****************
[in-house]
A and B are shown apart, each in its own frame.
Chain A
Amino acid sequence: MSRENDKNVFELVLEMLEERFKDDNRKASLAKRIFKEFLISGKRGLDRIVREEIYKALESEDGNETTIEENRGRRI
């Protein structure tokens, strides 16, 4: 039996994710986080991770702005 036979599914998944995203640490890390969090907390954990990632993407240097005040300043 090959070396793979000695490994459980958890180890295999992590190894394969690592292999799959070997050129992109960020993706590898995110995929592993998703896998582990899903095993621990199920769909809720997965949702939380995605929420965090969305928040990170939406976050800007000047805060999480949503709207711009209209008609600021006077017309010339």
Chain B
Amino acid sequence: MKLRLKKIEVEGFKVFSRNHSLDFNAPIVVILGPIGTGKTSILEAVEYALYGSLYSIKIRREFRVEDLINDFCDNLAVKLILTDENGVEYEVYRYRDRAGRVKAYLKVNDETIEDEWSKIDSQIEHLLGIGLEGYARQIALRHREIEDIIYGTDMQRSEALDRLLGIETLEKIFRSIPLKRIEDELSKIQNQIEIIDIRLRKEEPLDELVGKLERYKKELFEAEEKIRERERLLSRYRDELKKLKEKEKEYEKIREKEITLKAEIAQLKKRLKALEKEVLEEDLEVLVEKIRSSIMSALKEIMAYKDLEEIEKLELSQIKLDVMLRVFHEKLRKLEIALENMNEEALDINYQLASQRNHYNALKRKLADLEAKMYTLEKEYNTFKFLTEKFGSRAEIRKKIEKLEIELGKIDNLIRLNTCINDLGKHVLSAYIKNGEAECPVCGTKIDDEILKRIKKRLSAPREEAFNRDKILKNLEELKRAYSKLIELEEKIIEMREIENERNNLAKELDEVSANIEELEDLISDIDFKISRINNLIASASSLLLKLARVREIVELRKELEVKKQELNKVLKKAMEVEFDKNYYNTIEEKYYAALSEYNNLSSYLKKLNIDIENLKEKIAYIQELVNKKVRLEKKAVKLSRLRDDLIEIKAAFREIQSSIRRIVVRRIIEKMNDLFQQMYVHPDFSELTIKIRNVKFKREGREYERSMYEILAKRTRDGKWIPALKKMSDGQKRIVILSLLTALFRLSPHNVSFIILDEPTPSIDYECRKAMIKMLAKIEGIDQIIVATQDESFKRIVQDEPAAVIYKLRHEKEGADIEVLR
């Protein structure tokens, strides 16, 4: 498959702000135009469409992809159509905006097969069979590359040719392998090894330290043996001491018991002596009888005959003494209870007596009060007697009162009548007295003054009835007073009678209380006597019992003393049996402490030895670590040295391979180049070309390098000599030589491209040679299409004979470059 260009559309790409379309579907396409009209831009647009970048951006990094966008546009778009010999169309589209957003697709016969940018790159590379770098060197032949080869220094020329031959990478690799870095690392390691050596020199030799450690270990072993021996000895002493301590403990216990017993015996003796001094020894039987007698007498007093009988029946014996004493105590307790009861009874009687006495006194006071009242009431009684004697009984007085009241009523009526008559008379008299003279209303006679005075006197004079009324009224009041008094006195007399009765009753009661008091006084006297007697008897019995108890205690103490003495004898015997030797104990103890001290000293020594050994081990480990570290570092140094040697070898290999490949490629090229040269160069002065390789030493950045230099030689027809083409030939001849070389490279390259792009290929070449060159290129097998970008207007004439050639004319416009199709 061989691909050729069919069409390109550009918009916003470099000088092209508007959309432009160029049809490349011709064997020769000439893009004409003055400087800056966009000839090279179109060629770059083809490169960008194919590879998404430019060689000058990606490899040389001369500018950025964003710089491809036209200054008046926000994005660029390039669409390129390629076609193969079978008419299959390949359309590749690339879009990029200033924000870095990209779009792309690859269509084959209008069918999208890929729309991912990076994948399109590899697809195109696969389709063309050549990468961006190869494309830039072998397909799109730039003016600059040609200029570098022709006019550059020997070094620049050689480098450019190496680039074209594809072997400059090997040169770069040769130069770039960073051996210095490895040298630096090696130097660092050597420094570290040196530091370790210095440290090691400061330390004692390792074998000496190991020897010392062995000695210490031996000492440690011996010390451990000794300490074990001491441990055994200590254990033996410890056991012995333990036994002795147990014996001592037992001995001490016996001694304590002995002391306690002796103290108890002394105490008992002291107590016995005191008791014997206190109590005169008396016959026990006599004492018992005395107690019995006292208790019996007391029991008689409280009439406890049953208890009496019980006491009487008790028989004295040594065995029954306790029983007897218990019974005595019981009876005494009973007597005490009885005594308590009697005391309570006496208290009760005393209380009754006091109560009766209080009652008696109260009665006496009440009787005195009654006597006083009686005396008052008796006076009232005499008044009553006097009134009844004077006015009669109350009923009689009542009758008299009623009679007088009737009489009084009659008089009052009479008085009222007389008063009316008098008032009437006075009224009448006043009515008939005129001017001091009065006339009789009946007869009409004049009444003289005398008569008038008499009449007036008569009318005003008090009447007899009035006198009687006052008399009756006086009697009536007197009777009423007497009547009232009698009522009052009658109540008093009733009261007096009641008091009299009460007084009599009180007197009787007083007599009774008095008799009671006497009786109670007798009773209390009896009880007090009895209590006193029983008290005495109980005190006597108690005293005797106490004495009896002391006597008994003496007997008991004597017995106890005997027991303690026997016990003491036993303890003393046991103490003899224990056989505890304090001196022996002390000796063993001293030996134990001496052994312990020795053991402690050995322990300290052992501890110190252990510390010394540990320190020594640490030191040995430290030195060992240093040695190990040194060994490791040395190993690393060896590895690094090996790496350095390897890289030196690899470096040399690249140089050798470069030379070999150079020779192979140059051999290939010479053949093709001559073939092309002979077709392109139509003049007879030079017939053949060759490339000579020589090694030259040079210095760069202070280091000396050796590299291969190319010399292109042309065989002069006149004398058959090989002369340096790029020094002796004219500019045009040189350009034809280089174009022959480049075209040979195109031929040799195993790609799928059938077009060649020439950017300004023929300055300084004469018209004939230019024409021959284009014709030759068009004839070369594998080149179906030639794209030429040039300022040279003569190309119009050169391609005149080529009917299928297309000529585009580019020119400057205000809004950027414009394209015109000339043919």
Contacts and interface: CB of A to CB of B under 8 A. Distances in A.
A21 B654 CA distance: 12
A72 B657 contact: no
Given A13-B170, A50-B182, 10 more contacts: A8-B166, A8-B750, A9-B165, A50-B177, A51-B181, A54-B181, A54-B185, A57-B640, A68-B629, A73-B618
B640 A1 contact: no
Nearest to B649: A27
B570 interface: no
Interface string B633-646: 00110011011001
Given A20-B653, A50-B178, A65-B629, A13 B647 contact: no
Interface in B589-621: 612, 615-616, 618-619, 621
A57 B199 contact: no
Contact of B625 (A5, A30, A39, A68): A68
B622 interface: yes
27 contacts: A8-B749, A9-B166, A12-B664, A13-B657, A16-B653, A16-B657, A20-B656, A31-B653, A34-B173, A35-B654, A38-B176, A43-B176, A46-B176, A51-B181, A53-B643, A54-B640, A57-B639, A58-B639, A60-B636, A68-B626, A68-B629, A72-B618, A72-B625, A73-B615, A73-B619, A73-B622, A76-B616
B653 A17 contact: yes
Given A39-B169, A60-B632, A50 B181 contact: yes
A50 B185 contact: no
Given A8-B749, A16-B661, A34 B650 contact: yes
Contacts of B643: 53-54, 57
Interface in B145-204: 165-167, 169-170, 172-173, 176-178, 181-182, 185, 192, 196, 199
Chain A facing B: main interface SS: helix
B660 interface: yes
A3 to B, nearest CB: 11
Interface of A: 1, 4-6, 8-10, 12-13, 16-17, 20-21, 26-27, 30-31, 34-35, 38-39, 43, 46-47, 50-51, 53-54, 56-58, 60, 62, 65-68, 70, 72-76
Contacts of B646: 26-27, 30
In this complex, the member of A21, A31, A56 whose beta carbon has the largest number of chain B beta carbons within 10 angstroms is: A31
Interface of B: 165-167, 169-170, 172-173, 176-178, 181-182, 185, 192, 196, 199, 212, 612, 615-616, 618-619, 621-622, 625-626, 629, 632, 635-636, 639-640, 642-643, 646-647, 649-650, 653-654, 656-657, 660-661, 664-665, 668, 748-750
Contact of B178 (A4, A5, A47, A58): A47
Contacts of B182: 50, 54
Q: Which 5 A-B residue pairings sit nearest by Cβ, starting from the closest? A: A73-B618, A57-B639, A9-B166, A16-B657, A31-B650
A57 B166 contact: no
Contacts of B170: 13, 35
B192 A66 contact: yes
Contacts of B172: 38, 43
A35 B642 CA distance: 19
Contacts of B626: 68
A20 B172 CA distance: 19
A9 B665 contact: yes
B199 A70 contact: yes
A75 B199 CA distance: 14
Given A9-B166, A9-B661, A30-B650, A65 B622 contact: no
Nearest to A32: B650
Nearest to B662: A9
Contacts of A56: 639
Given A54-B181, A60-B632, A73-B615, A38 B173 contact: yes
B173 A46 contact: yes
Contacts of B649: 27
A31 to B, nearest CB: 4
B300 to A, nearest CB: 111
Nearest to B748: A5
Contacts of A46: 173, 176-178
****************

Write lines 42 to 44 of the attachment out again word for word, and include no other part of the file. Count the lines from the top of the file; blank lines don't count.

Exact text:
Contacts of B172: 38, 43
A35 B642 CA distance: 19
Contacts of B626: 68